We had the good fortune of connecting with Sarni Jaye and we’ve shared our conversation below.
Hi Sarni, how has your work-life balance changed over time?
Work-life balance is one of those concepts that is literally key to our wellness as human beings but that we often don’t think about until we reach a point of unwellness that forces us to do so. When we’re younger, we have boundless energy, fewer life demands, and a feeling of invincibility. For me, it wasn’t getting smacked by the fact that I am not invincible that made me seek balance—it was first realizing that people I care about aren’t. When you see the passage of time unfolding literally in the aging faces of your family, the increase of hospital visits and funerals, or cracking knees (whatever gets your attention lol), your relationship with time changes. Everyone in my family has a strong work ethic; my grandfather never truly retired, he just shifted his work to helping friends with their businesses and to nurturing his farm, and I never saw anyone around me take long vacations or even sick days really. Hard work was ingrained into the fiber of their being. For people who share that mentality, time off can almost make you feel guilty. But that’s an unhealthy viewpoint. To balance my life, I first had to shift my mentality to the understanding that time outside of work is simply sharing time with other important factors in life that ultimately help me do my work even better. When you’re knee-deep in deadlines and the rat race, it’s hard to see the forest for the trees. The questions I had to ask myself were: What does a balanced life even look like? What do I want from life in the long run? So, I made a vision board to start at the end (the answers) and work backward. What I saw laid out on posterboard before me wasn’t a pile of money, it was a mix of career, health, family, laughter, love, travel, and growth. Prosperity is a multi-layered definition, so you have to consciously layer your time to tap into it. Most of us have moments where we wonder where the years went, so I made balance not another bucket list goal that could get away from me, but a daily routine. My to-do list expanded from just what I aimed to accomplish at work or to meet other people’s demands like bills and invites, and it now fulfills the needs of my mind, body, and spirit. That can look like taking 20 minutes upon awaking to stretch instead of scrolling through 20 social media profiles. Now I think about balance as a lifestyle choice that I have ownership over vs a concept that someone else has to provide for me or something that I have to wait decades for retirement to realize. It really is a great practice to become intentional about setting priorities, then setting boundaries around those priorities, so that at the end of your day—or the end of your journey—you can close your eyes with the peace of knowing you honored yourself and your dreams in the best way that you could. That’s a life well lived.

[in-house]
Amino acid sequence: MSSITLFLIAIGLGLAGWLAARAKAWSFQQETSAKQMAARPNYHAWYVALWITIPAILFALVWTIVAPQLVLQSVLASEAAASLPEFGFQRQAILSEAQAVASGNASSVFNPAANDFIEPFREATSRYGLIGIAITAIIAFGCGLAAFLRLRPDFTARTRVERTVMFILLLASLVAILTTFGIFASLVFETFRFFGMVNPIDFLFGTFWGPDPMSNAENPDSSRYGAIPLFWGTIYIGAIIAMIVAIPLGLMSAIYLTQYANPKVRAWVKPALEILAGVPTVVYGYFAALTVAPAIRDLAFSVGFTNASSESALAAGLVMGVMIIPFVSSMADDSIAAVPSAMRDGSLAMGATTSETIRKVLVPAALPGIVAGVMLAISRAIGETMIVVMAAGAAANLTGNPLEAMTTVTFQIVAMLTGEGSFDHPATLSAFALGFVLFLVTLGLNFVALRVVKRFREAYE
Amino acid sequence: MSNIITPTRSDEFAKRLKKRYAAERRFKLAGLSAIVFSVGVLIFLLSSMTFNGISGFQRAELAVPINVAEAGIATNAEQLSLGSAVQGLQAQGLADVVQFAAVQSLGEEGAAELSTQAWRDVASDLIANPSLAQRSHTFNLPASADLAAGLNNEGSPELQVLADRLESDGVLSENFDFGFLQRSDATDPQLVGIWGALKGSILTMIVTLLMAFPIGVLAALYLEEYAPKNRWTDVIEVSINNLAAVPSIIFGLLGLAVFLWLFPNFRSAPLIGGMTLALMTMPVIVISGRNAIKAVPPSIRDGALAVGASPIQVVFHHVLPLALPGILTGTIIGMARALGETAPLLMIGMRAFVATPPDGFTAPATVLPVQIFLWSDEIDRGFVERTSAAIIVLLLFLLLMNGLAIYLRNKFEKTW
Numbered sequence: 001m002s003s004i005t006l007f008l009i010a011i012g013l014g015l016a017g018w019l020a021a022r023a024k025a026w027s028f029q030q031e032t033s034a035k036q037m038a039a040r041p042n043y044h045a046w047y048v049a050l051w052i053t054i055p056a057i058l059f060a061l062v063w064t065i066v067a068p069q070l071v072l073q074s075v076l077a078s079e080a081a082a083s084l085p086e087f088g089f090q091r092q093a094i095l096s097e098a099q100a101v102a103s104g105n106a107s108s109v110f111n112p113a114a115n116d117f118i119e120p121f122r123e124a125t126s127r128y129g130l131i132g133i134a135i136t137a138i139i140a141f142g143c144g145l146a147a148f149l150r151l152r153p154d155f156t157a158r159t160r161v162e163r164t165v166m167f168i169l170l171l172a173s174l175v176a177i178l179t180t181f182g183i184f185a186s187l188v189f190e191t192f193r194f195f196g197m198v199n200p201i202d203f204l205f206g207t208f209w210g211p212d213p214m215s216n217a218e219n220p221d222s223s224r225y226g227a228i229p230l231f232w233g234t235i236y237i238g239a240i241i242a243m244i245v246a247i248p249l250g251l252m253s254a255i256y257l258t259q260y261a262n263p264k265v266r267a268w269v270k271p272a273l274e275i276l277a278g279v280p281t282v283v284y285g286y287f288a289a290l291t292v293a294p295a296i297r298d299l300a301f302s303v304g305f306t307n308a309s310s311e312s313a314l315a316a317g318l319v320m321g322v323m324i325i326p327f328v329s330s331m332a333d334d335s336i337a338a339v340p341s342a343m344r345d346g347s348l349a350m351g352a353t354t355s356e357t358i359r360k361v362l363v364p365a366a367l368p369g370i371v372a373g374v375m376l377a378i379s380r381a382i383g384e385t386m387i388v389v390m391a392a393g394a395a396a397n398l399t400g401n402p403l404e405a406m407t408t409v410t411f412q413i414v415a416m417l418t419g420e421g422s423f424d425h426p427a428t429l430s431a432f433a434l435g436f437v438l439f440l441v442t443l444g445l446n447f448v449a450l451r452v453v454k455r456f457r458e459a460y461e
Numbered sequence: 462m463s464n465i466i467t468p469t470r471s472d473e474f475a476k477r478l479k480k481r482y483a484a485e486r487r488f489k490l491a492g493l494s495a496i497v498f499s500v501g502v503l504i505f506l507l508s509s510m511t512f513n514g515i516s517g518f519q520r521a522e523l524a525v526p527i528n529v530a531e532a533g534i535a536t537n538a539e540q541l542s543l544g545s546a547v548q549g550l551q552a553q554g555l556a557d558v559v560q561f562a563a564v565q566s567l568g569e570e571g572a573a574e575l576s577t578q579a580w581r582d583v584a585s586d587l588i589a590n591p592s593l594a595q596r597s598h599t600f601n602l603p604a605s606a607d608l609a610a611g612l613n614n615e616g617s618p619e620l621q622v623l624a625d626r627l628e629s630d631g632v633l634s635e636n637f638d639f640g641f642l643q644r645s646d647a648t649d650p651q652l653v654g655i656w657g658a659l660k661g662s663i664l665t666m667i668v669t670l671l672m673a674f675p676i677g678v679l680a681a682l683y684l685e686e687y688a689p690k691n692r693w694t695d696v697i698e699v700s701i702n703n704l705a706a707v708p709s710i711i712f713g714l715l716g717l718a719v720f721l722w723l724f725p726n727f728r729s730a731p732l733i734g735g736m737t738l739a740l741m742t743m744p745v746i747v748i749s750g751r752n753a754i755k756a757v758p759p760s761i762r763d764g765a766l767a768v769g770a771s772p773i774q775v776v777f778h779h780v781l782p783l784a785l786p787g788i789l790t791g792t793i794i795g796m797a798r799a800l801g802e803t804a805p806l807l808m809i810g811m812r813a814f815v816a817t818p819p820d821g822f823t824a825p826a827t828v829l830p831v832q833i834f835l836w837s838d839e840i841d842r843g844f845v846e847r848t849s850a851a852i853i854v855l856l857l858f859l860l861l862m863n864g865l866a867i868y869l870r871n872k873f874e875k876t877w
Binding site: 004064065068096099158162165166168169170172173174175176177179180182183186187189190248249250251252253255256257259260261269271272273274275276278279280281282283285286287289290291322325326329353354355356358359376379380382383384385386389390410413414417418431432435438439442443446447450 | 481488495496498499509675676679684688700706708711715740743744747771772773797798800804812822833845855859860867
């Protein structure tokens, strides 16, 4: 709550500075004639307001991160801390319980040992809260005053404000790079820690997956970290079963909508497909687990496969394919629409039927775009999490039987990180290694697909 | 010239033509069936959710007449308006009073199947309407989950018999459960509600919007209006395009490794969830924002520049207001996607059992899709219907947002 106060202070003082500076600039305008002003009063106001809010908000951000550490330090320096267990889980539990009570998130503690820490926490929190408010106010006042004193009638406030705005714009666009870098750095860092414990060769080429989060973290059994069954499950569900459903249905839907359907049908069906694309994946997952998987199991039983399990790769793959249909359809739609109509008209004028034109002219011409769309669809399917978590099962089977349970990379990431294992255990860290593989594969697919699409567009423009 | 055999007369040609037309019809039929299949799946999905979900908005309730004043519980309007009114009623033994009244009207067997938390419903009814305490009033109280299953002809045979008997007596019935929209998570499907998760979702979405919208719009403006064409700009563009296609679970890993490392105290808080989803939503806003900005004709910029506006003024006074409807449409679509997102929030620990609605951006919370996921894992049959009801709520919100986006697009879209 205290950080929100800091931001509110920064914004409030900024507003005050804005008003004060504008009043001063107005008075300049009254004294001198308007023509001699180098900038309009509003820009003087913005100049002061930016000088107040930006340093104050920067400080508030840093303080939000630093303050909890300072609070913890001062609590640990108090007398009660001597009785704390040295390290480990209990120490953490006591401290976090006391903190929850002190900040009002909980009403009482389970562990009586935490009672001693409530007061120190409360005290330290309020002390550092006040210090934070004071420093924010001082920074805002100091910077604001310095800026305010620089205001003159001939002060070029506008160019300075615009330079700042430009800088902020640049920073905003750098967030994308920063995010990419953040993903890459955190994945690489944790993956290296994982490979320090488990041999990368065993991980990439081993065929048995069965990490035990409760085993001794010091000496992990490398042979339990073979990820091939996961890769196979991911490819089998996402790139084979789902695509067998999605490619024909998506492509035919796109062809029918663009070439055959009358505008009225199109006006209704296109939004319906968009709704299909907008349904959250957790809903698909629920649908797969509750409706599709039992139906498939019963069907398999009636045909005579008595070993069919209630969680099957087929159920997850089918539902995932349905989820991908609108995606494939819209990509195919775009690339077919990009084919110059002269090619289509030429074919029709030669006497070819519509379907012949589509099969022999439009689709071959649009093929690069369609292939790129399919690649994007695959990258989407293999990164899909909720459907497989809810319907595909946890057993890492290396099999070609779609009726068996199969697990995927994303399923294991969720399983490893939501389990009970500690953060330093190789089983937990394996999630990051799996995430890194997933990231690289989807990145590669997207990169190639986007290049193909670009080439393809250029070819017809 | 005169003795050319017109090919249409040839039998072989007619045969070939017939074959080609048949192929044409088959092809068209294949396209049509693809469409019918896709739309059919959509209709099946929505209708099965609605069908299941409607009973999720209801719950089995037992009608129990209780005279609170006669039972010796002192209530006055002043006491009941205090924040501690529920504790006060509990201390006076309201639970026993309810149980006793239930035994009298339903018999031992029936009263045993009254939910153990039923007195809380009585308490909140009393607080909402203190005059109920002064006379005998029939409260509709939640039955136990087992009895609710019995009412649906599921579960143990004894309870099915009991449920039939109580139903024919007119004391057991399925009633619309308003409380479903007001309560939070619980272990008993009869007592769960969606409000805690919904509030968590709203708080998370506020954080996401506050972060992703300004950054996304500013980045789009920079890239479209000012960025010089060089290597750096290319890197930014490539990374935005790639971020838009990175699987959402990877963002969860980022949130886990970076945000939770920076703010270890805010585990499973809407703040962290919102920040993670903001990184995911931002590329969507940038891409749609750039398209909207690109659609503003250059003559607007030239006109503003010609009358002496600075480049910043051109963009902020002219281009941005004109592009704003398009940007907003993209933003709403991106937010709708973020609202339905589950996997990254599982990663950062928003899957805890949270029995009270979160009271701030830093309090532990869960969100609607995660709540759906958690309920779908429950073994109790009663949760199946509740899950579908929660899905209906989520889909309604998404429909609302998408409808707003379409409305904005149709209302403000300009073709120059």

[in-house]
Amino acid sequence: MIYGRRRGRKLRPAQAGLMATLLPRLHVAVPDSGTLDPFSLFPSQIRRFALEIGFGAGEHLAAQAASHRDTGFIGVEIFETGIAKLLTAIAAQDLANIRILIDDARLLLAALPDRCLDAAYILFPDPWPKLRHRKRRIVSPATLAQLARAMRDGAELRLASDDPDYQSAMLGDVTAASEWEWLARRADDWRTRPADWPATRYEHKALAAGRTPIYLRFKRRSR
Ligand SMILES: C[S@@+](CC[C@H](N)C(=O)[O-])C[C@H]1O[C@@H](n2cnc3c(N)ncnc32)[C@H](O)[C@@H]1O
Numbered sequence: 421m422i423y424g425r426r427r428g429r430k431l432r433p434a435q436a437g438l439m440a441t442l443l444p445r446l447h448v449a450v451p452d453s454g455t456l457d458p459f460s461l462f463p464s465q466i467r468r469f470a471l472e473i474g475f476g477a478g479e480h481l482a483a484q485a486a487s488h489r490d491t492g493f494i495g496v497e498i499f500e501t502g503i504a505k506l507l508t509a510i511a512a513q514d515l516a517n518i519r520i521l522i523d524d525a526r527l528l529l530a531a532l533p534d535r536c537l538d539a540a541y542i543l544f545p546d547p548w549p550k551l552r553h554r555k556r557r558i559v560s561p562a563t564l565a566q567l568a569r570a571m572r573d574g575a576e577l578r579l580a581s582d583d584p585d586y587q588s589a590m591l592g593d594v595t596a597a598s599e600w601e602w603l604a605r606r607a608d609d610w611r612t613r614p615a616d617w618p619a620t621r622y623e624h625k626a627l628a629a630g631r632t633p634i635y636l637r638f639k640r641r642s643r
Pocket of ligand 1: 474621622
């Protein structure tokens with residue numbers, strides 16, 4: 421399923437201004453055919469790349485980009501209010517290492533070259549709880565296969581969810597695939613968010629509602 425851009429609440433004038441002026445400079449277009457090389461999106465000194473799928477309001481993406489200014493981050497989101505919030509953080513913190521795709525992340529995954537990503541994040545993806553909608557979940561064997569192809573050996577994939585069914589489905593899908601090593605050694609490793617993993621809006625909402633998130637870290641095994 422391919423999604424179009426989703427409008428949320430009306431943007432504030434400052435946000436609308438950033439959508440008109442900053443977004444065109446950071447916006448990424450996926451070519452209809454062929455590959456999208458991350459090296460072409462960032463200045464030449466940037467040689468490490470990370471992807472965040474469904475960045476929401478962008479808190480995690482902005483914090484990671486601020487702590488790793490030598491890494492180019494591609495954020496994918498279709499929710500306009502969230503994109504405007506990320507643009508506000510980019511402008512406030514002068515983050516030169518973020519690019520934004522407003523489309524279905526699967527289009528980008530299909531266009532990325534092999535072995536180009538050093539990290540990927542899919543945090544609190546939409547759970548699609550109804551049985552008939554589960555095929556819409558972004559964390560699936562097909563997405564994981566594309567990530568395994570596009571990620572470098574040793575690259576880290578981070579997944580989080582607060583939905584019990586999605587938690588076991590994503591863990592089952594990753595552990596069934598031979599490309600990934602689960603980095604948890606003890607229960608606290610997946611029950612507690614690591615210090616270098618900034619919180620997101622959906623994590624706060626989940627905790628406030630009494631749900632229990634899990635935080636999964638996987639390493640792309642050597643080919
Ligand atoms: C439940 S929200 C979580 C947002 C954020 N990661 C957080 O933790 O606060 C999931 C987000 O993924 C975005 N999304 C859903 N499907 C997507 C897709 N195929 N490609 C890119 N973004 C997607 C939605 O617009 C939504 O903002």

What should our readers know about your business?